``` ALL SERVICES

CUSTOMERS WAITING: 107

TOTAL FORECAST WAIT: 2 hr, 11 min ```

And underneath that there was a big board of positional rankings of everyone's phone numbers. Not the whole number, mind you, the last 4 digits. (Could you imagine? lol) It was organized into two columns of about 25 each and was, thankfully, moving at a pretty good pace.

After 10 minutes or so, I got excited because I thought that my number had finally entered the arena, despite being quoted an hour and a half wait. Alas, I was actually looking at someone else's phone number and had flipped an 8 and a 3 from afar. I was, of course, still not even on the board yet. Someone just had basically the same number as me. What are the odds?

Wait, What are the Odds?

And so we have a room full of people of variable length and a fixed number of possible values (phone numbers ending in 0000 to 9999 allows for 10,000 different values). This is basically the same problem as above, yeah?

If we generalize the formula we used above a bit, we get

Where NumValues is the number of possible values that we could check for (365 calendar days in the Birthday Paradox) and PopSize is the number of people in the room.

A bit of computer nonsense™ later, and we can repeat the same "hold the possible values constant and tinker with the number of people" as above. We see that it takes about 118 people to be as certain as not that we're going to see duplicate numbers.

118 people. Considering that the board showed less than half of that a time, I think my error (in a hypothetical situation where I wasn't just reading wrong) seems to be a rare one, albeit not completely far-fetched.

But did it stand out to you that if we stripped away the axes, these graphs looks pretty similar? Let's do some more digging.

Generalizing Even More

The only difference between the first and the second example is what base we held constant. In the Birthday Paradox, it was (364 / 365) and at the DMV, it was (9999 / 10000). From there, we arbitrarily increased the number of people in the room until we hit the break-even points were were monitoring in the visuals.

But what happens when we also arbitrarily increase the number of possible values at the same time?

There's a lot going on here, but one thing that I want to point out is that despite our "Number of potential values" axis being in the hundreds of thousands (bottom-right axis), our Population Size only needs to be in a few hundred to break that "more likely than not" barrier.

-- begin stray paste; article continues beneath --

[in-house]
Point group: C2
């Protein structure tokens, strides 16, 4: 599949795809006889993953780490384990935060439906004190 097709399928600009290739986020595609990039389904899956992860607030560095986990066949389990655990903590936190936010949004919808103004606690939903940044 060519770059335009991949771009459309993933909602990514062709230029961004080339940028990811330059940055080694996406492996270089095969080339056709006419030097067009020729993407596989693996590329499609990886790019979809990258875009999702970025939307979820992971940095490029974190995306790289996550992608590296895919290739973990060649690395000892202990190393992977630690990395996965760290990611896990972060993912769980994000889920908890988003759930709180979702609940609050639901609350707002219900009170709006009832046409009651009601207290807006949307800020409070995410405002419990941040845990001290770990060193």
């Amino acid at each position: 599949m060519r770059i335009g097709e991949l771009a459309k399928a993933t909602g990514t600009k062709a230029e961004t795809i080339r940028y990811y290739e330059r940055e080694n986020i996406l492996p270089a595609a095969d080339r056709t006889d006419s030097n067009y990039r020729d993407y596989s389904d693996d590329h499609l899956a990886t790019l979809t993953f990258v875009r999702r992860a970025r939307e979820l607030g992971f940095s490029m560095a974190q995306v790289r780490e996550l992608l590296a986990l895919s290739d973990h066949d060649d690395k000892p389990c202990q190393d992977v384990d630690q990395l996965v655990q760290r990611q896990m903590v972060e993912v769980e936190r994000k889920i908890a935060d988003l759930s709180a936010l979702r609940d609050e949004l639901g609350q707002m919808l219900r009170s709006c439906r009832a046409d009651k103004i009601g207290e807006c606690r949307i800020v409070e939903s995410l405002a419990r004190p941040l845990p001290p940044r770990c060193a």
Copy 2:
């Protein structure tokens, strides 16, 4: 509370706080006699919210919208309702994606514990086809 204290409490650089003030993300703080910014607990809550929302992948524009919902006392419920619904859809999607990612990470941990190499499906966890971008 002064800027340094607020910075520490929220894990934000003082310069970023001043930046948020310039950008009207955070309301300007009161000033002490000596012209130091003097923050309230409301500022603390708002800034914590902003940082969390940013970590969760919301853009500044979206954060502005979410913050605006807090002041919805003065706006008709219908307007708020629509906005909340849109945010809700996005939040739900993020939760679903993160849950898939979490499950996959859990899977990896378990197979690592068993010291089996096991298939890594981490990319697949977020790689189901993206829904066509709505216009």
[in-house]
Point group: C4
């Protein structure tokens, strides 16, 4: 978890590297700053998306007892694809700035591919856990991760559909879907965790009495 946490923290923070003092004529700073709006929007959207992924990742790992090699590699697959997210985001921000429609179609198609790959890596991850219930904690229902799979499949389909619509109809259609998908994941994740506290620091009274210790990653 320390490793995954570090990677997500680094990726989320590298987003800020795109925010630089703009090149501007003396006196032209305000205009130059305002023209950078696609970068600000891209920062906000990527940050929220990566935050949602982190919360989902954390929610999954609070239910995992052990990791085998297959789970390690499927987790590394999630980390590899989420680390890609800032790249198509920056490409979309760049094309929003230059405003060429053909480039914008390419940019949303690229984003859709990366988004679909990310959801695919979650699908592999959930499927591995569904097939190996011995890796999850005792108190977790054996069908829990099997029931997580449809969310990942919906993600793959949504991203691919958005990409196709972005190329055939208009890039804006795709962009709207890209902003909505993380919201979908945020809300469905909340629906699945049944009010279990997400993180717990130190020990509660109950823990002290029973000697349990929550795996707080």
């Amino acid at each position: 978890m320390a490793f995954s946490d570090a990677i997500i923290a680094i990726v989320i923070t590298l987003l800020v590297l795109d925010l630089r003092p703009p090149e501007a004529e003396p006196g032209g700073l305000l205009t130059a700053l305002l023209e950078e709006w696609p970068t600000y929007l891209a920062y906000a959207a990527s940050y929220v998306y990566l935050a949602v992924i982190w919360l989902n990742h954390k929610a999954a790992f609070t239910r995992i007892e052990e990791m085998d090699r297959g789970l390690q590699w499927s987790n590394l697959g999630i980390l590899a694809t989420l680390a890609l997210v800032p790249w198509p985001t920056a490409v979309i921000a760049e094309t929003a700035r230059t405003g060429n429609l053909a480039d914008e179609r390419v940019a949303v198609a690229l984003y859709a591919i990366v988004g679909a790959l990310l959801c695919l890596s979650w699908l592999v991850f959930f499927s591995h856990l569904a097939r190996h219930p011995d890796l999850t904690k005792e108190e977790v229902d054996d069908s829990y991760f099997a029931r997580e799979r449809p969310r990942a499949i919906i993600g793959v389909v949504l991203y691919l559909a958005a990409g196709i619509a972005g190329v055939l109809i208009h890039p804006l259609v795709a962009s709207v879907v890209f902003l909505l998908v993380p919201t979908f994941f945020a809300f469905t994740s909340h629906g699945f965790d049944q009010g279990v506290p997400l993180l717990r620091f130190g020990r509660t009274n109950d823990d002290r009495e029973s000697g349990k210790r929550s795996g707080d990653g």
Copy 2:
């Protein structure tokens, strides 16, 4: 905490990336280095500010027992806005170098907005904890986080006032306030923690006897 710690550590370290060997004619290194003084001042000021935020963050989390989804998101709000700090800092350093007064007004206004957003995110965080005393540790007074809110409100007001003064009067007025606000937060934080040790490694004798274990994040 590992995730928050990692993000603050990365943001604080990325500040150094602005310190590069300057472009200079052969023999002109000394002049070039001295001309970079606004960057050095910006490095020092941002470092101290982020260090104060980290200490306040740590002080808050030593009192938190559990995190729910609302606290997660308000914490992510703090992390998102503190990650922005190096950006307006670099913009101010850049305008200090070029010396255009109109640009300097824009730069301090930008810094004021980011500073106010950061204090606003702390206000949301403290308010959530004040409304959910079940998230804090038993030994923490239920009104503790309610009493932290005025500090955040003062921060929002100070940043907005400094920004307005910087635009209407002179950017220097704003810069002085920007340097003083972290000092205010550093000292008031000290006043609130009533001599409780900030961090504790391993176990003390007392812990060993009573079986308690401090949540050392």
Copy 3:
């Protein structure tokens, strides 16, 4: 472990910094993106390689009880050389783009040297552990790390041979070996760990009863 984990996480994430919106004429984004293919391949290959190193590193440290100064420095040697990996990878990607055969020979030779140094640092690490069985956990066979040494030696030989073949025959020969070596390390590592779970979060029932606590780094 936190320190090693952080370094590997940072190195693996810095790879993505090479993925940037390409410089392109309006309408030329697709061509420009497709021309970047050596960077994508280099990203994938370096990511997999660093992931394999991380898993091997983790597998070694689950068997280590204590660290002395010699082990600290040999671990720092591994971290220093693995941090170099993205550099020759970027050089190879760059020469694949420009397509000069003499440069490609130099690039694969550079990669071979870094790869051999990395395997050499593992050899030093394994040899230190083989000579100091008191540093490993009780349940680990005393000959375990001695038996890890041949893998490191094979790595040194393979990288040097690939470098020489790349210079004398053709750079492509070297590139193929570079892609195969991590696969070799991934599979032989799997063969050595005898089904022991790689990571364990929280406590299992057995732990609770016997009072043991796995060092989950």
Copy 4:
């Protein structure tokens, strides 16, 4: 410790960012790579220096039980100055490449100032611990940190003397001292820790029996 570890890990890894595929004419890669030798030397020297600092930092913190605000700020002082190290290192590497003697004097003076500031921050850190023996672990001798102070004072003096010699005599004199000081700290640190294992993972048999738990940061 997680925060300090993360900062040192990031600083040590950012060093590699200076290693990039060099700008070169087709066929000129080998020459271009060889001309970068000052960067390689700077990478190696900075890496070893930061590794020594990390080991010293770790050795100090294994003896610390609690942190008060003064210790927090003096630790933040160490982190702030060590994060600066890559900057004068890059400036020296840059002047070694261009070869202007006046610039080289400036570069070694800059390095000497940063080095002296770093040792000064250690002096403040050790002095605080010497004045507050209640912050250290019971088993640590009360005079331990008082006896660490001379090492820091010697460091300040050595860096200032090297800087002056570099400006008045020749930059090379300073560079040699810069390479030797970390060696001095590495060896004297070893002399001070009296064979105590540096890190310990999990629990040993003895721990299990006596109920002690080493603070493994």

In fact, holding those target values (50%, 90%, 99%) equal, and playing with the different values in "People in the room" and "Possible Values" some interesting behavior emerges in the relationship between how many possibilities there are, and how few people you need to be more certain than not that there's a match somewhere.

  • In the Birthday example, 23 people covered 365 values. 23 / 365 = 6.3%
  • In the DMV example, 118 covered 10,000. 118 / 10,000 = 1.18%
  • In the graphic above, 471 covered 160k. 0.294%

So where am I going with this?

Hash Values

If you aren't in the good handful of people who've been on the receiving end of my ranting on this topic, the elevator pitch about hash values goes: "You put some data into a hash function and it jumbles it. Like a lot. Conveniently, it also gives you a consistent output every time you put in an identical input." I won't go much deeper than that, but Chapter 5 of Grokking's Algorithms (a must-read, IMO) does a much better job than I could going into some of the finer details.

For instance, in Python, if you hash out the string values 'a' and 'b', they're represented as some crazy-long integers that are bafflingly different from one another, as a result of a multitude of differences in their bit representations (highlighted below).

SO...

Any time that I start in on teaching someone about Git/GitHub, I first give a lightning-fast overview of hash values. I think that a fundamental understanding of what they are allows a real solid appreciation for their role in powering the entire backend of Git.